- A flood of computer scientists, mathematicians, and physicists into the field of high finance have helped embed, to an even greater extent, an overarching idea that people behave in an atomistic manner and that their economic choices are independent and contained, so to speak. This stands in contrast to a more accurate assessment of there being inherent complexity and interrelatedness above all else.
- Human beings cannot be depended upon to behave rationally to the degree that their behavior can be sufficiently squared away in an equation. Again, despite the huge volume of technological trading (and those algorithms’ obsession with predicting the behavior of other models), human behavior can never be eradicated from the financial arena.
- Perhaps the biggest danger of all is this: In this environment overrun by models, the math becomes the markets, rather than the actual actions of traders themselves. As in, much of the activity taking place is a blindingly fast-paced slew of predictions of what the rest of the market will choose to do.
The Deductive & Predictive Fall Flat
Personally, I’d come back to this fundamental realization: The foremost responsibility of free markets is authentic price discovery. The predictive quality that defines so many of the financial algorithms that populate the financial arena today is culpable for distorting this basic function that our collective economic livelihood depends upon.
It all stems from a profit imperative, naturally enough, as well as an equally strong self-soothing belief that the markets can be tamed by math, governed by immutable laws, and elaborately forecasted (so as to be profited from).
This grandiosely deterministic philosophy is actually really important to note. It’s the essential idea that underpins all the faith in models and that has come to characterize our current financial system. Everyone wants to believe that financial markets can be defined by the pleasantly neat and tidy criterion of mathematics instead of being something completely beyond the scope of humans to govern and control in a top-down manner.
People want to believe that the markets can be pinned down and predicted — it’s like playing God, in a way. In reality, the markets are an ineffably complex project of collective proportions. In reality, financial markets are probably better off left to in-the-moment negotiation between a marketplace of buyers and sellers.
Finance can never be bludgeoned into being a hard science because it’s incapable of abiding by the mechanistic laws that the physical sciences are built upon. The capriciousness of the human influence contained therein, as well as the inherent interrelatedness/complexity that makes conceiving of the markets as the mere sum of ‘x amount of agents’ impossible, both permanently prevent the field from ever behaving in a way that those in high finance dearly wish it would.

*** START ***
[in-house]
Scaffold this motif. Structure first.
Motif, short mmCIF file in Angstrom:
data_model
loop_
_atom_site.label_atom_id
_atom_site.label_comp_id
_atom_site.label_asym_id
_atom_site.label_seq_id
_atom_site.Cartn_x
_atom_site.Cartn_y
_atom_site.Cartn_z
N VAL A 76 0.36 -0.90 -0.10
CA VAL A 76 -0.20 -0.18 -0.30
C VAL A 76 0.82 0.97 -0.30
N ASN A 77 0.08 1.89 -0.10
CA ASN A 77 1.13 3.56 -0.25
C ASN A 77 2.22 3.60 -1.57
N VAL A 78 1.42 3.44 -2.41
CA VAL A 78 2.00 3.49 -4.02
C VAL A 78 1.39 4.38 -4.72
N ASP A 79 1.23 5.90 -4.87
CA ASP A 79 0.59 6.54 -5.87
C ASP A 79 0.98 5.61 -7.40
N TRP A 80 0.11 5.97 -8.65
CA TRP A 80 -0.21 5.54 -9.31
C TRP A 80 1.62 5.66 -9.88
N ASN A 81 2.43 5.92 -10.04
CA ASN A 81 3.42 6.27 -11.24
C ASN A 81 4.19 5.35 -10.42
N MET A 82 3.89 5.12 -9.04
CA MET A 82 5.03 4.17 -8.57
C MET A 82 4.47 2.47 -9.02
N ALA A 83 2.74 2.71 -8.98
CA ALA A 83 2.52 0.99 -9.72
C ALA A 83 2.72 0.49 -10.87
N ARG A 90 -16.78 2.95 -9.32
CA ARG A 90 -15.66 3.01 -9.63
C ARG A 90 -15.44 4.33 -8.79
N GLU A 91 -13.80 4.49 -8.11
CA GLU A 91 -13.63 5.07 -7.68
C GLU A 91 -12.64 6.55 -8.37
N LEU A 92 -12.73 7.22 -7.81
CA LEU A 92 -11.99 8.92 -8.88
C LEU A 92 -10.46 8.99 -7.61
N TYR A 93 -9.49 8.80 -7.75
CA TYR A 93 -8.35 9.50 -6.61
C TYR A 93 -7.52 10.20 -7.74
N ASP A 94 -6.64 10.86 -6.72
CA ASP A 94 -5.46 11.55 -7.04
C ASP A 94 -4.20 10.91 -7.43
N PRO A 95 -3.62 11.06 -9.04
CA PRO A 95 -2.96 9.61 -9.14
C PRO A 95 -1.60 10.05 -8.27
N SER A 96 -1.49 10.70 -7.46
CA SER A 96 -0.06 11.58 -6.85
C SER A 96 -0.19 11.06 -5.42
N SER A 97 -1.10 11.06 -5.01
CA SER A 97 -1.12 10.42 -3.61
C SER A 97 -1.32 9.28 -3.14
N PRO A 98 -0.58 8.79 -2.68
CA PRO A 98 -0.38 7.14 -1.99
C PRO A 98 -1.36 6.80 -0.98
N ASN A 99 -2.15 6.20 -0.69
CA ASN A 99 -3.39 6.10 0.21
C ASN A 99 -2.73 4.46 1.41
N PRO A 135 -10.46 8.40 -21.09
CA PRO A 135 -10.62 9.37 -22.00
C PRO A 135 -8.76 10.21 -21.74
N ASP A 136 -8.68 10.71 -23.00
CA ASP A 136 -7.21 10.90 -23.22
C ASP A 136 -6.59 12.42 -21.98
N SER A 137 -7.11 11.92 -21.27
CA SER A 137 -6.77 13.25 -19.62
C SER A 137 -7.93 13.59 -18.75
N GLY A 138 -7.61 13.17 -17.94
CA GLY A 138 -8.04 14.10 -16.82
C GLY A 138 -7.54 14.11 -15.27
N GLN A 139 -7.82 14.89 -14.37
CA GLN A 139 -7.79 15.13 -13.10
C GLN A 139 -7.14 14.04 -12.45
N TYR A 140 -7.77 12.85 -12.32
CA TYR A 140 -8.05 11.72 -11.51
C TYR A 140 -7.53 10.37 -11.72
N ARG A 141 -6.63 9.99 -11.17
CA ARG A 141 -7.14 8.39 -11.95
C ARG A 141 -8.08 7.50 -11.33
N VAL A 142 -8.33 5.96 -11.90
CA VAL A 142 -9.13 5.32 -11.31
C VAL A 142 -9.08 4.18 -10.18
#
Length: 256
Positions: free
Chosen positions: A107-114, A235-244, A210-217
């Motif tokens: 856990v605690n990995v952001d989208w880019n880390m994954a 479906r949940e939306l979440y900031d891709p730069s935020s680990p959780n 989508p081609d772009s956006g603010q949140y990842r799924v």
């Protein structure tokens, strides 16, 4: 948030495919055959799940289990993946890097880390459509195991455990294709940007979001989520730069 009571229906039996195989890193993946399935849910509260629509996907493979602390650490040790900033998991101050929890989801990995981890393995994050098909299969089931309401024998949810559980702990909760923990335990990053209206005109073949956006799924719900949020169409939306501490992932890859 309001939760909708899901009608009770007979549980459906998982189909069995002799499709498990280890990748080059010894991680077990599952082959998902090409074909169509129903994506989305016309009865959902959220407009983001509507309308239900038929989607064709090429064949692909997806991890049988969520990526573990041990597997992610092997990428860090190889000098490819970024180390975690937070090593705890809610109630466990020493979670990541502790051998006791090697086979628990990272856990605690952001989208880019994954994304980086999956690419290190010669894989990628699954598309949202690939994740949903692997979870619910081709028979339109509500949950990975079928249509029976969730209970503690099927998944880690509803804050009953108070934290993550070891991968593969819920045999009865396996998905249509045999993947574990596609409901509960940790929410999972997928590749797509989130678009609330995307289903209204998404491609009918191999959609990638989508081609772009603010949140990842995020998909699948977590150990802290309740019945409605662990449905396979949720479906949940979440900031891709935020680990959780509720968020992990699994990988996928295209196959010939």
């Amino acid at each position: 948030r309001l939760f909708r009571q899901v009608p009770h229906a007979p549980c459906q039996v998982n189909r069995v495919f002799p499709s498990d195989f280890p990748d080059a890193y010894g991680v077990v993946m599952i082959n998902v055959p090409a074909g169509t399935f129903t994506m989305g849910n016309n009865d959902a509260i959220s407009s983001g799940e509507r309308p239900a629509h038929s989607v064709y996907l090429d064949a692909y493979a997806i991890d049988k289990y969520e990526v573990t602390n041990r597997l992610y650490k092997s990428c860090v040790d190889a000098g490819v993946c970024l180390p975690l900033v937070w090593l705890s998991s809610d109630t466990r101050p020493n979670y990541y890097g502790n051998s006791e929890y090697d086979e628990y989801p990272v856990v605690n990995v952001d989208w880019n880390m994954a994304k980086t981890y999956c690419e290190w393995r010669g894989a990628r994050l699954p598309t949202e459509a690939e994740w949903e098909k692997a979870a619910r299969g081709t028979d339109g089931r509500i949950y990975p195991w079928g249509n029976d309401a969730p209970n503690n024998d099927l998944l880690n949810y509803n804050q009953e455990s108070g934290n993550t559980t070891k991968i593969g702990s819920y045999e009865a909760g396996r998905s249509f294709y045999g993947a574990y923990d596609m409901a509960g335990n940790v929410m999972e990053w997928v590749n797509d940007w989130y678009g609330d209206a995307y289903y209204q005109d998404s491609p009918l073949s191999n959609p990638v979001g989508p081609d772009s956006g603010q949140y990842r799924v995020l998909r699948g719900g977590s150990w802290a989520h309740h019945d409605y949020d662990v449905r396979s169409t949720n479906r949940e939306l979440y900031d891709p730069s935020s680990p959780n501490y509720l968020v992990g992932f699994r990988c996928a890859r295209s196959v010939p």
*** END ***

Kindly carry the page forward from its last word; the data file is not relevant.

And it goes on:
In any case, the really concerning the reality of models is that they cannot escape the influence of the human hand. People are still the ones that create them and the ones that choose them.
The price of playing by the same rules
And financial models have their own popularity contests and standards of fashionability. In most cases, financial players will converge to play by the same models. After all, this helps their odds of predicting what the rest of the market will do which, of course, carries with it the tantalizing possibility of bigger returns. Cooperation and homogeneity actually win in this case. But it’s a kind of cooperation that can be fatal.
This bandwagon effect results in everyone piling onto the same models. When things go awry (as they will, because no model is a perfect representation of reality), the result is not a run-of-the-will liquidation of a trade, for example. If everyone is mimicking the steps of everyone else, then naturally the edifice crumbles like a row of dominos. This is how the risk potential for modern financial crises has amplified. In any case, when this occurs, the models can cease to function.
In the end, it is human behavior that topples the whole game. A game that was supposed to be impervious to anything but elegant mathematics.
There is something profoundly humbling and sobering in these kinds of analyses. We build things like financial models that sparkle and shine but in the end, they sometimes result in crudely exposing our own wrong-headed confidence in our ability to play God with a system that no one of us can ever hope to vanquish by abstract means.